A firewall is a network security system designed to prevent unauthorized access to or from a private network. Firewalls can be implemented as both hardware and software, or a combination of both. Network firewalls are frequently used to prevent unauthorized Internet users from accessing private networks connected to the Internet, especially intranets. All messages entering or leaving the intranet pass through the firewall, which examines each message and blocks those that do not meet the specified security criteria.
Information systems in corporations, government agencies, and other organizations have undergone a steady evolution. The following are notable developments:
• Centralized data processing system, with a central mainframe supporting a number of directly connected terminals
• Local area networks (LANs) interconnecting PCs and terminals to each other and the mainframe
• Premises network, consisting of a number of LANs, interconnecting PCs, servers, and perhaps a mainframe or two
• Enterprise-wide network, consisting of multiple, geographically distributed premises networks interconnected by a private wide area network (WAN)
• Internet connectivity, in which the various premises networks all hook into the Internet and may or may not also be connected by a private WAN
Summary of Firewall Locations and Topologies
We can now summarize the discussion from Sections 22.4 and 22.5 to define a spectrum of firewall locations and topologies. The following alternatives can be identified:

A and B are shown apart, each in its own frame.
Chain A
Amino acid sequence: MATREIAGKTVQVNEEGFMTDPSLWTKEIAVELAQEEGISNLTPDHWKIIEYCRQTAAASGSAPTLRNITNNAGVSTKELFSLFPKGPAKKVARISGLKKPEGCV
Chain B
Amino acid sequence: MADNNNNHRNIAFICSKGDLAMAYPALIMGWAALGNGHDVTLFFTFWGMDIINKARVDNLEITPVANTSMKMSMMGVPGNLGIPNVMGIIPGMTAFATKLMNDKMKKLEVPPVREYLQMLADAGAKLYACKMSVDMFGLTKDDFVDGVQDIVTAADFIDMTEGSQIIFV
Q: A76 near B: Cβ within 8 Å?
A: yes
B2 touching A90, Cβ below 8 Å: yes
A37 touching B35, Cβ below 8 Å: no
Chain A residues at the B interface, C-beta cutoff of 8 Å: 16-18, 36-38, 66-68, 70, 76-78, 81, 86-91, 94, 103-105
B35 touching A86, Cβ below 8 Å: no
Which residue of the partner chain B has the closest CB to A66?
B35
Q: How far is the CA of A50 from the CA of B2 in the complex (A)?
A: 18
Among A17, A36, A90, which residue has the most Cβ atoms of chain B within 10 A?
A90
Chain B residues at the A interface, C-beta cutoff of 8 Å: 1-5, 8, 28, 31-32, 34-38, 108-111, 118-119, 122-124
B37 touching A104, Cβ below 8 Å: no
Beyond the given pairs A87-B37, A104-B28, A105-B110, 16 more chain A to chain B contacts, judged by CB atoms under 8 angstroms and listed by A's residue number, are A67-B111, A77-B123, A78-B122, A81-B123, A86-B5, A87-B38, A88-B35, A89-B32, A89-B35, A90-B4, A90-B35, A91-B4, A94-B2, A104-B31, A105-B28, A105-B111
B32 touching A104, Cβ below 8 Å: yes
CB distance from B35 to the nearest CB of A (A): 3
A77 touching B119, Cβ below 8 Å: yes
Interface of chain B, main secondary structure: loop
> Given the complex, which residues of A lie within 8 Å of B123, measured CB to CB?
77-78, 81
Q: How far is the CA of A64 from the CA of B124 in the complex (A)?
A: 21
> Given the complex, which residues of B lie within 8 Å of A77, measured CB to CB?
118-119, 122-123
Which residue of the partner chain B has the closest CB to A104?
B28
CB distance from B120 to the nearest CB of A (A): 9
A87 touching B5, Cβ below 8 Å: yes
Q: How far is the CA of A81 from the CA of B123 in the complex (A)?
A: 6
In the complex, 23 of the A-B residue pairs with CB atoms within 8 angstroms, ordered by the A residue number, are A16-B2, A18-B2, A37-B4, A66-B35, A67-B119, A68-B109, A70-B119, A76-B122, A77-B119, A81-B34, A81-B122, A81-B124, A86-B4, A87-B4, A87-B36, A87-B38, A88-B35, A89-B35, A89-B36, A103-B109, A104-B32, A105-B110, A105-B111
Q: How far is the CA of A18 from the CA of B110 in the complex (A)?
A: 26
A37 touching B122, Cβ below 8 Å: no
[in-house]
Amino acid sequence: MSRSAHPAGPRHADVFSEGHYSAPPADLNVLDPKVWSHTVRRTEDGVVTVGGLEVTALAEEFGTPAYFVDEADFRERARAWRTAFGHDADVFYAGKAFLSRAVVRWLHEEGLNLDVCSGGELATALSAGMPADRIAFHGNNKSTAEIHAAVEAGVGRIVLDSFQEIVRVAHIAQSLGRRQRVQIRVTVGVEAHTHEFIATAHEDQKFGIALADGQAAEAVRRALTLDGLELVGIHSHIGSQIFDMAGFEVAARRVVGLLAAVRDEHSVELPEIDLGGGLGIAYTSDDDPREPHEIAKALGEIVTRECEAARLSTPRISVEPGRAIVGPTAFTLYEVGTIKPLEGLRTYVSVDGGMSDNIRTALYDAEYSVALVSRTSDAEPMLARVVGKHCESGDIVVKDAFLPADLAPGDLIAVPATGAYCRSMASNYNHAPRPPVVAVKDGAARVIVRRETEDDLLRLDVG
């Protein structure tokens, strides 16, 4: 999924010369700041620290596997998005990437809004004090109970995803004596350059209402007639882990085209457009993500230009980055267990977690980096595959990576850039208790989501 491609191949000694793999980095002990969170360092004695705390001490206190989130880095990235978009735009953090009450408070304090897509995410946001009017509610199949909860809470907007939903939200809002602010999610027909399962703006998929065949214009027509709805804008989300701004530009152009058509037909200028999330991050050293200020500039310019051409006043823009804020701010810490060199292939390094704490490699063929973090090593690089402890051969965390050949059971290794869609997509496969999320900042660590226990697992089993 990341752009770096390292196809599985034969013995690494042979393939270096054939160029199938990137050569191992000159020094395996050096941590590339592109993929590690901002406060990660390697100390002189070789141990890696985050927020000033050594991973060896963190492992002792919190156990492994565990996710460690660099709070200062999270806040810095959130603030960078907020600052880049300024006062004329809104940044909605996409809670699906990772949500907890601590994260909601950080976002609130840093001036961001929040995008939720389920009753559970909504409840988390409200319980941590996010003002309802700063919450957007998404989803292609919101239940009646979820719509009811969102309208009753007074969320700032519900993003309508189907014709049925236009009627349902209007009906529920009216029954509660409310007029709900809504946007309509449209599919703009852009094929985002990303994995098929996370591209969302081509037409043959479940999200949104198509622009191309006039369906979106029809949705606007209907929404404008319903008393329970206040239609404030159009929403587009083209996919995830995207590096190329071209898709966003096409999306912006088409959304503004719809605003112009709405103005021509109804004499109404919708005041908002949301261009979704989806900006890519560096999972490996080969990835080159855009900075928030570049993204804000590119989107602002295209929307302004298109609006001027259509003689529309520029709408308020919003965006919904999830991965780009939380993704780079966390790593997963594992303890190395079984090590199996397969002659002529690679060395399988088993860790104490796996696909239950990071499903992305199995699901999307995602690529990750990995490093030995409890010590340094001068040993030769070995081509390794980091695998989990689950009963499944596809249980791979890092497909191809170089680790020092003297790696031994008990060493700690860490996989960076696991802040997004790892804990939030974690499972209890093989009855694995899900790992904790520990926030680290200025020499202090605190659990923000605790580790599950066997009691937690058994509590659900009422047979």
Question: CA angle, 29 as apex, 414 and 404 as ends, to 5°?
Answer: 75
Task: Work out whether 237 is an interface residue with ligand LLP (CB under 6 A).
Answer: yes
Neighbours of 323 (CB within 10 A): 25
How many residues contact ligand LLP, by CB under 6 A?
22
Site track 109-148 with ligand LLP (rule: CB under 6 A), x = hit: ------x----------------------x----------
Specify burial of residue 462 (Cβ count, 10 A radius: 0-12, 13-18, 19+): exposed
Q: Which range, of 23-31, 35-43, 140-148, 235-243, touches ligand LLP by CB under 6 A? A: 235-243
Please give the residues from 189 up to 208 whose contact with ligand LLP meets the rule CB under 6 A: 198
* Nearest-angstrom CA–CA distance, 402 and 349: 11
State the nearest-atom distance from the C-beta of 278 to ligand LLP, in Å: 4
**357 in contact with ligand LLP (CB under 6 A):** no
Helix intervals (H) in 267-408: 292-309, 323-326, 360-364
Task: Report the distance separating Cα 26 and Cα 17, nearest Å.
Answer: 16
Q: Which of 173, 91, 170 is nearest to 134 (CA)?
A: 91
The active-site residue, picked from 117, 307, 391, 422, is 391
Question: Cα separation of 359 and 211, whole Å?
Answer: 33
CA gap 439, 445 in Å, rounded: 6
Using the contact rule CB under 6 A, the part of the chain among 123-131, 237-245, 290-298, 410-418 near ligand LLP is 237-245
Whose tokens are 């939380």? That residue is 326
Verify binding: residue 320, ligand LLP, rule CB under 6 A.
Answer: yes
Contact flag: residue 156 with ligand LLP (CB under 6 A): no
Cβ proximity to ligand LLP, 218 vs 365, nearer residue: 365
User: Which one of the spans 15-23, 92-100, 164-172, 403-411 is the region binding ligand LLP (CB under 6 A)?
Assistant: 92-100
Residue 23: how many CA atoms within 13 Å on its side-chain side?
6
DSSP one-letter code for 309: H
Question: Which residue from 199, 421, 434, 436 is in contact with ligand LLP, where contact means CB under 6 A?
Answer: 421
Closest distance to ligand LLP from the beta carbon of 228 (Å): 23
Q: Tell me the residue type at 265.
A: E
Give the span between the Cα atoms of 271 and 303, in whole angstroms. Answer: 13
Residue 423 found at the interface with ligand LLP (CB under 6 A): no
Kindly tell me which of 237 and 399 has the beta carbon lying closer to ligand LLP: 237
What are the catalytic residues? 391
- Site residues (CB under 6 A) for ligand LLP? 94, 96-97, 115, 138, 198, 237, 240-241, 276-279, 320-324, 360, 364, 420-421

• Host-resident firewall: This category includes personal firewall software and firewall software on servers. Such firewalls can be used alone or as part of an in-depth firewall deployment.
• Screening router: A single router between internal and external networks with stateless or full packet filtering. This arrangement is typical for small office/home office (SOHO) applications.
• Single bastion inline: A single firewall device between an internal and external router (e.g., Figure 22.1a). The firewall may implement stateful filters and/or application proxies. This is the typical firewall appliance configuration for small to medium-sized organizations.
• Single bastion T: Similar to single bastion inline but has a third network interface on bastion to a DMZ where externally visible servers are placed. Again, this is a common appliance configuration for medium to large organizations.
• Double bastion inline: Figure 22.3 illustrates this configuration, where the DMZ is sandwiched between bastion firewalls. This configuration is common for large businesses and government organizations.
• Double bastion T: The DMZ is on a separate network interface on the bastion firewall. This configuration is also common for large businesses and government organizations and may be required. For example, this configuration is required for Australian government use (Australian Government Information Technology Security Manual – ACSI33).
• Distributed firewall configuration: Illustrated in Figure 22.5. This configuration is used by some large businesses and government organizations.